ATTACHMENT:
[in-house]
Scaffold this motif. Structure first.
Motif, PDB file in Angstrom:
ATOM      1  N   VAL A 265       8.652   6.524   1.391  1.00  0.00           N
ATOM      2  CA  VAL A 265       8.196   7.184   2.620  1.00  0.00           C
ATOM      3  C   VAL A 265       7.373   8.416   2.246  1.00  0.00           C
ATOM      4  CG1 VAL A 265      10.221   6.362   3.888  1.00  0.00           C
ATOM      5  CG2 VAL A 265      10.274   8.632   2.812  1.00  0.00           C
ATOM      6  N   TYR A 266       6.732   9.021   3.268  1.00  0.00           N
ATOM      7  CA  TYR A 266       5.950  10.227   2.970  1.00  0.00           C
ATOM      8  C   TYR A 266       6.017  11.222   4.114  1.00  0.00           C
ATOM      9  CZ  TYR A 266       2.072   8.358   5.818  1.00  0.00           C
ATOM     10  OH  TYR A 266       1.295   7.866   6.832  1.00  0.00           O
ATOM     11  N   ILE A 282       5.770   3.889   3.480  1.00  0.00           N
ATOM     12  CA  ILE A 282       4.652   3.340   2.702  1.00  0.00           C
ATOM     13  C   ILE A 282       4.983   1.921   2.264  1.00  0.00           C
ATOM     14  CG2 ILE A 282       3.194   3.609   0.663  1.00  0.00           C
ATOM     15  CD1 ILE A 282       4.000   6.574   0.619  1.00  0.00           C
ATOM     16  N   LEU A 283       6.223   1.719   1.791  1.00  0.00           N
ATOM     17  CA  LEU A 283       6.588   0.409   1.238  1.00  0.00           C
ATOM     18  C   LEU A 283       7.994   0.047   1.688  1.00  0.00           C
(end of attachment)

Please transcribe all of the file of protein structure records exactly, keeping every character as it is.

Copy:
[in-house]
Scaffold this motif. Structure first.
Motif, PDB file in Angstrom:
ATOM      1  N   VAL A 265       8.652   6.524   1.391  1.00  0.00           N
ATOM      2  CA  VAL A 265       8.196   7.184   2.620  1.00  0.00           C
ATOM      3  C   VAL A 265       7.373   8.416   2.246  1.00  0.00           C
ATOM      4  CG1 VAL A 265      10.221   6.362   3.888  1.00  0.00           C
ATOM      5  CG2 VAL A 265      10.274   8.632   2.812  1.00  0.00           C
ATOM      6  N   TYR A 266       6.732   9.021   3.268  1.00  0.00           N
ATOM      7  CA  TYR A 266       5.950  10.227   2.970  1.00  0.00           C
ATOM      8  C   TYR A 266       6.017  11.222   4.114  1.00  0.00           C
ATOM      9  CZ  TYR A 266       2.072   8.358   5.818  1.00  0.00           C
ATOM     10  OH  TYR A 266       1.295   7.866   6.832  1.00  0.00           O
ATOM     11  N   ILE A 282       5.770   3.889   3.480  1.00  0.00           N
ATOM     12  CA  ILE A 282       4.652   3.340   2.702  1.00  0.00           C
ATOM     13  C   ILE A 282       4.983   1.921   2.264  1.00  0.00           C
ATOM     14  CG2 ILE A 282       3.194   3.609   0.663  1.00  0.00           C
ATOM     15  CD1 ILE A 282       4.000   6.574   0.619  1.00  0.00           C
ATOM     16  N   LEU A 283       6.223   1.719   1.791  1.00  0.00           N
ATOM     17  CA  LEU A 283       6.588   0.409   1.238  1.00  0.00           C
ATOM     18  C   LEU A 283       7.994   0.047   1.688  1.00  0.00           C